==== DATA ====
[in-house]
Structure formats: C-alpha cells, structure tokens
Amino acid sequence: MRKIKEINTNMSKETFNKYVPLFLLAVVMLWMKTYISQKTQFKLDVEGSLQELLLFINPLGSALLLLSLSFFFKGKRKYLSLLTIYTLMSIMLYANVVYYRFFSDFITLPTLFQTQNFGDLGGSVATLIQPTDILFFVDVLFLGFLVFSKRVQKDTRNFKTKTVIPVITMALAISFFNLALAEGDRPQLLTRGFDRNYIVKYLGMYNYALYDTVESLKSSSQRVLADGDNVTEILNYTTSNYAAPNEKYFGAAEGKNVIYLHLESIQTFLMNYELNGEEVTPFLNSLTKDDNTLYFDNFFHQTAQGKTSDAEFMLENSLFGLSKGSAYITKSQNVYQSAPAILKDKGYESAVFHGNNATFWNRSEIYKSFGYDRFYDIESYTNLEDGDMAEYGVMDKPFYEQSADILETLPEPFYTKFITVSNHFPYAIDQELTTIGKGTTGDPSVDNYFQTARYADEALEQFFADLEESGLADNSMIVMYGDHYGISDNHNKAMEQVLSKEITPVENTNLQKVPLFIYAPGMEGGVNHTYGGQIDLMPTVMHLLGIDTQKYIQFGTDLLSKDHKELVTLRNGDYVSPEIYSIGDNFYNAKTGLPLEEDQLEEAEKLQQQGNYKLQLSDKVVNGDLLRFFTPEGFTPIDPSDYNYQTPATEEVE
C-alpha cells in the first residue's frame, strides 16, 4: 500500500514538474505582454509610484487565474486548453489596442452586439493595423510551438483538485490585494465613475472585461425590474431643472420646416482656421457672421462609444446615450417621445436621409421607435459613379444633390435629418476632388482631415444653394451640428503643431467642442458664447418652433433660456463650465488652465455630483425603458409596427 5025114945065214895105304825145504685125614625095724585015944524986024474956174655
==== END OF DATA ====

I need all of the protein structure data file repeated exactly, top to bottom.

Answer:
[in-house]
Structure formats: C-alpha cells, structure tokens
Amino acid sequence: MRKIKEINTNMSKETFNKYVPLFLLAVVMLWMKTYISQKTQFKLDVEGSLQELLLFINPLGSALLLLSLSFFFKGKRKYLSLLTIYTLMSIMLYANVVYYRFFSDFITLPTLFQTQNFGDLGGSVATLIQPTDILFFVDVLFLGFLVFSKRVQKDTRNFKTKTVIPVITMALAISFFNLALAEGDRPQLLTRGFDRNYIVKYLGMYNYALYDTVESLKSSSQRVLADGDNVTEILNYTTSNYAAPNEKYFGAAEGKNVIYLHLESIQTFLMNYELNGEEVTPFLNSLTKDDNTLYFDNFFHQTAQGKTSDAEFMLENSLFGLSKGSAYITKSQNVYQSAPAILKDKGYESAVFHGNNATFWNRSEIYKSFGYDRFYDIESYTNLEDGDMAEYGVMDKPFYEQSADILETLPEPFYTKFITVSNHFPYAIDQELTTIGKGTTGDPSVDNYFQTARYADEALEQFFADLEESGLADNSMIVMYGDHYGISDNHNKAMEQVLSKEITPVENTNLQKVPLFIYAPGMEGGVNHTYGGQIDLMPTVMHLLGIDTQKYIQFGTDLLSKDHKELVTLRNGDYVSPEIYSIGDNFYNAKTGLPLEEDQLEEAEKLQQQGNYKLQLSDKVVNGDLLRFFTPEGFTPIDPSDYNYQTPATEEVE
C-alpha cells in the first residue's frame, strides 16, 4: 500500500514538474505582454509610484487565474486548453489596442452586439493595423510551438483538485490585494465613475472585461425590474431643472420646416482656421457672421462609444446615450417621445436621409421607435459613379444633390435629418476632388482631415444653394451640428503643431467642442458664447418652433433660456463650465488652465455630483425603458409596427 5025114945065214895105304825145504685125614625095724585015944524986024474956174655